THE I TATTI RENAISSANCE LIBRARY
Cover: Commentaries, Volume 3: Books V–VII, from Harvard University PressCover: Commentaries, Volume 3 in HARDCOVER

The I Tatti Renaissance Library 83

Commentaries, Volume 3

Books V–VII

Add to Cart

Product Details

HARDCOVER

$29.95 • £19.95 • €21.00

ISBN 9780674058385

Publication Date: 09/03/2018

Academic Trade

544 pages

5-1/4 x 8 inches

The I Tatti Renaissance Library > Commentaries

World

Related Subjects

The Renaissance popes were among the most enlightened and generous patrons of arts and letters in the Europe of their day. The diaries of Pius II give us an intimate glimpse of the life and thought of one of the greatest of the Renaissance popes. Pius II (1405–1464) began life as Aeneas Silvius Piccolomini in a small town near Siena and became a famous Latin poet and diplomat. Originally an opponent of the papacy as well as something of a libertine, Aeneas eventually reconciled himself with the Roman church and became a priest, then a cardinal. Finally he was elected Pope Pius II (1458) and dedicated his pontificate to organizing a pan-European crusade against the Ottoman Empire. Pius’s Commentaries, the only autobiography ever written by a pope, was composed in elegant humanistic Latin modeled on Caesar and Cicero. This edition contains a fresh Latin text based on the last manuscript written in Pius’s lifetime and an updated and corrected version of the 1937 translation by Florence Alden Gragg.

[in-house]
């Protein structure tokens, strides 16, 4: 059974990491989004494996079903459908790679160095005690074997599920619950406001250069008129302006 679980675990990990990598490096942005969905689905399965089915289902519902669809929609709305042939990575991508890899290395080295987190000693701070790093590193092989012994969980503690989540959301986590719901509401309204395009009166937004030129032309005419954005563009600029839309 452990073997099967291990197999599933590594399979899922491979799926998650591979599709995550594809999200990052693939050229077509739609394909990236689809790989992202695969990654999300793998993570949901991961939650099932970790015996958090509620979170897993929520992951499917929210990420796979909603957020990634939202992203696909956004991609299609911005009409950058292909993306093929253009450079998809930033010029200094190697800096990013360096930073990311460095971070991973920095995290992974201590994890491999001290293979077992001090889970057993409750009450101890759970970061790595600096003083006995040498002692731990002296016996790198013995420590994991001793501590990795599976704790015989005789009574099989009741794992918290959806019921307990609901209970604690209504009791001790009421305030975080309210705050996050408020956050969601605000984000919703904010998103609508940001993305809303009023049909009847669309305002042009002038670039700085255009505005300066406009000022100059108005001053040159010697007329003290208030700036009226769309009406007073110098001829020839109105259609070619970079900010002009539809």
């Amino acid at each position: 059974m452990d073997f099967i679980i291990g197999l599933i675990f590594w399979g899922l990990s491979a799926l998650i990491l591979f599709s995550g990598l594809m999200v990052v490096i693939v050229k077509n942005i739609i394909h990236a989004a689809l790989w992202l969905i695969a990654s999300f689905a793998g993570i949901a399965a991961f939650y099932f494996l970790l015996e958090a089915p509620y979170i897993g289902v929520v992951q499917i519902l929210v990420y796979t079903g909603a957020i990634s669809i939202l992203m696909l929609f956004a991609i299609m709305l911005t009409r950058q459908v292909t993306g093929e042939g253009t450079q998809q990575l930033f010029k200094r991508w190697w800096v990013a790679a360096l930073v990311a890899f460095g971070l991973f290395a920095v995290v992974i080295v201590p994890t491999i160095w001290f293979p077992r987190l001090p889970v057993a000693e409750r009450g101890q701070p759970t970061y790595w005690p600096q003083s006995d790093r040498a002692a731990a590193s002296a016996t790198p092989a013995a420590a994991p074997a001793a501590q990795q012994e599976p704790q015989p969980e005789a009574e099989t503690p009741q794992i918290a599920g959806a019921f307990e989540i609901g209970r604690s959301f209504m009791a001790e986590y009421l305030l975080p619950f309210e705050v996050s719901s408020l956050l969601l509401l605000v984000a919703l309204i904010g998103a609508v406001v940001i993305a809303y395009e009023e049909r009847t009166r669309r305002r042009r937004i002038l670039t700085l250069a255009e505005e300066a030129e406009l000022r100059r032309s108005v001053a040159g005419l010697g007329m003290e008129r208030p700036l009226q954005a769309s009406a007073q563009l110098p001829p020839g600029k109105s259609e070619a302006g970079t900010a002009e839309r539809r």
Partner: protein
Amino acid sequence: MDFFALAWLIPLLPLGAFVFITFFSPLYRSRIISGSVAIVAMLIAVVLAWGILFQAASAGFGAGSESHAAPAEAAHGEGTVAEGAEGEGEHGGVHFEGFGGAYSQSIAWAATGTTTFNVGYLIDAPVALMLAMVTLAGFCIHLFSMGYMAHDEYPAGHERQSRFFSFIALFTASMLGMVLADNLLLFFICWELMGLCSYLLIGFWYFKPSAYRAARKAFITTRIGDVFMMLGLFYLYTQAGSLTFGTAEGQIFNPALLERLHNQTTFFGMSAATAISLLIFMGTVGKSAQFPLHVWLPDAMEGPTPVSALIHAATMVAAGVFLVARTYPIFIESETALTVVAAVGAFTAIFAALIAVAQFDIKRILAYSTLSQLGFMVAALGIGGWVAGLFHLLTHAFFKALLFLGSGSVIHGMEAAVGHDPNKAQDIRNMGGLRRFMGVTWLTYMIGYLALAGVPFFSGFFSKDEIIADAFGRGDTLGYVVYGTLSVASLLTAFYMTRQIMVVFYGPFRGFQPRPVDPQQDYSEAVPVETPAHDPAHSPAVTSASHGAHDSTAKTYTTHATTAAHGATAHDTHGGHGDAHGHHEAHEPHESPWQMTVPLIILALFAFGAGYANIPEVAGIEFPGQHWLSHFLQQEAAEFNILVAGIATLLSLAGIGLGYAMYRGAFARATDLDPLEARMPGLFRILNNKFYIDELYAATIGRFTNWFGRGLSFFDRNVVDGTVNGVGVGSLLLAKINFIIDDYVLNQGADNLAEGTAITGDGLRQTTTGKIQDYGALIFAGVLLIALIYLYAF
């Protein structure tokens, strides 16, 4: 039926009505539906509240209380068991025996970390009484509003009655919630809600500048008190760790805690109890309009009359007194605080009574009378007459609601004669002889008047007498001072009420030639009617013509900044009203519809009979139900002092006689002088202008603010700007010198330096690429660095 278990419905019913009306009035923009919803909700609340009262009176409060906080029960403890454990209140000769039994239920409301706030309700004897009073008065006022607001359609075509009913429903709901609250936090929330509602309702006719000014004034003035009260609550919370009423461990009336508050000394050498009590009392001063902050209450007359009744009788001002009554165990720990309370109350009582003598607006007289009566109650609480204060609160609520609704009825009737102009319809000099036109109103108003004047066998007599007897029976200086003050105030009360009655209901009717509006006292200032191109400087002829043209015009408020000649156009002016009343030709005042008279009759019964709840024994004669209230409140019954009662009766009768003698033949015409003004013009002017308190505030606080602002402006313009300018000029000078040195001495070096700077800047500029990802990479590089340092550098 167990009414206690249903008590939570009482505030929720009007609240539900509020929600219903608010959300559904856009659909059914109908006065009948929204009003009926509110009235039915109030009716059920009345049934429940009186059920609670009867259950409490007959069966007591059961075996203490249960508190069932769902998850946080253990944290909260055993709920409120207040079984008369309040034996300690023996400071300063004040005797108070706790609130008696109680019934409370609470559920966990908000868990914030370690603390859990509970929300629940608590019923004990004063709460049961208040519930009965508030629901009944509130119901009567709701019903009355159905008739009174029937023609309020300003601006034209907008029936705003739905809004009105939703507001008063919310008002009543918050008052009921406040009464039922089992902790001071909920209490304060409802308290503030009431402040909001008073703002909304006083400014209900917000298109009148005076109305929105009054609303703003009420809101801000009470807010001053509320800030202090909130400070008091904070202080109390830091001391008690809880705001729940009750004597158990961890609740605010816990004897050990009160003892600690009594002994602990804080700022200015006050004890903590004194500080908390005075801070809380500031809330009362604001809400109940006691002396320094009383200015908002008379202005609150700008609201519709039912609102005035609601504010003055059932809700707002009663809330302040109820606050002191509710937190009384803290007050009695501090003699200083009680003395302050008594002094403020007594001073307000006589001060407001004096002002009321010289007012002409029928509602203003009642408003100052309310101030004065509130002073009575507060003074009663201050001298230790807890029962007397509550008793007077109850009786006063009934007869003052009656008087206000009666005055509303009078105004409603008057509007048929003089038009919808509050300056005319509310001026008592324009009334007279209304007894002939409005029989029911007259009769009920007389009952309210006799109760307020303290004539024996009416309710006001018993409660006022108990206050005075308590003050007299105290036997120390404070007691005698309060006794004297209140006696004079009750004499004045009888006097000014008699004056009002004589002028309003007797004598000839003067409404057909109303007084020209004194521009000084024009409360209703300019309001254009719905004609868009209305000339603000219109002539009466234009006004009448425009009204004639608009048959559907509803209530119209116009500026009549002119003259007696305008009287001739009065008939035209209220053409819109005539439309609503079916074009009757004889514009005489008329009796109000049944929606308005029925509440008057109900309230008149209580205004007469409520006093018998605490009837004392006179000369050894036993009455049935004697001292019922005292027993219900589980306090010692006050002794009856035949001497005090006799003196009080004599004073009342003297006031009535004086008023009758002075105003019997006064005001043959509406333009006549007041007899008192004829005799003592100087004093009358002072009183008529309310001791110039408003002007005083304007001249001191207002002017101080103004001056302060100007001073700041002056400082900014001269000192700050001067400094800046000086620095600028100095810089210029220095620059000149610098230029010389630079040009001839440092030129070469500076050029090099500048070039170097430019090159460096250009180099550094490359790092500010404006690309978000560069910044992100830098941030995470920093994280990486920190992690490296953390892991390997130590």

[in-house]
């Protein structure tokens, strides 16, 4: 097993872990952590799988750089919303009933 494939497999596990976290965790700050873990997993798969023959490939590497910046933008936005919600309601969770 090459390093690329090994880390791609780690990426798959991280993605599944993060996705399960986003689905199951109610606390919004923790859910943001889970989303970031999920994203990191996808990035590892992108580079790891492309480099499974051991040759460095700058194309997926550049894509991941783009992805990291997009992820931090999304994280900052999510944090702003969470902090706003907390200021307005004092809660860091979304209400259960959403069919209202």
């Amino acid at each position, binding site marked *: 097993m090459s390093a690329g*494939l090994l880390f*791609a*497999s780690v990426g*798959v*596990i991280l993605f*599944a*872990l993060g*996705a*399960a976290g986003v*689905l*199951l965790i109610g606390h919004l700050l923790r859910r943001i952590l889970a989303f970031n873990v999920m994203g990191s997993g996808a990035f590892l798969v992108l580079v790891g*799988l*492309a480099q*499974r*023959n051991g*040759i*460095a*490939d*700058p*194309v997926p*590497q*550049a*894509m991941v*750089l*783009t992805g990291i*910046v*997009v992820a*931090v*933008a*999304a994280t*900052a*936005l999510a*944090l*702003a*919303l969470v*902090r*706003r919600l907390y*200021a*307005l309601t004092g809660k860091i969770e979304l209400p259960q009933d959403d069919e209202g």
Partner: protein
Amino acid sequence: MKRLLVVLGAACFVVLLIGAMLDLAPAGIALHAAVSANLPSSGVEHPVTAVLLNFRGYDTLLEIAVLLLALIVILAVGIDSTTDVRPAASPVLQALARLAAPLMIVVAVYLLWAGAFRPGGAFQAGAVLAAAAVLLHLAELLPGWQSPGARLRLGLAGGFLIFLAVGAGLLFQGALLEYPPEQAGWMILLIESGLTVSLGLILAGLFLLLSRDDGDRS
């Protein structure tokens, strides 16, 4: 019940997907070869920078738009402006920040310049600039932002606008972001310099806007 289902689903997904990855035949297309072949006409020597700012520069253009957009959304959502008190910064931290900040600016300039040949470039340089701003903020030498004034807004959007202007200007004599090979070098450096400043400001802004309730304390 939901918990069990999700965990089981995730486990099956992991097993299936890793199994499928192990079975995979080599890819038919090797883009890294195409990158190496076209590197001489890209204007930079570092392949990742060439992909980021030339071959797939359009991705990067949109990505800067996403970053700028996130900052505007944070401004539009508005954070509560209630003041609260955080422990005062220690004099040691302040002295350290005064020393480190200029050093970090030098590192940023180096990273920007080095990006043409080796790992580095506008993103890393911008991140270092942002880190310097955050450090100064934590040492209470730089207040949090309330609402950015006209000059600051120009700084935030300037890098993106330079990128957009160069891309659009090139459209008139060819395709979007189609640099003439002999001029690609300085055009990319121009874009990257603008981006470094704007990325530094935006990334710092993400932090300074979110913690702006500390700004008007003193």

From Our Blog

Jacket: The Coming Good Society: Why New Realities Demand New Rights, by William F. Schulz and Sushma Raman, from Harvard University Press

Q&A with William F. Schulz and Sushma Raman, authors of The Coming Good Society: Why New Realities Demand New Rights

As times change so must we as a society, and that includes our conception of rights, say William F. Schulz and Sushma Raman, whose new book, The Coming Good Society: Why New Realities Demand New Rights, came out just as Black Lives Matter protesters filled the streets this summer. We spoke with them about the current view—and the future—of human rights. How do you understand the purpose of rights? What function do they serve in a society?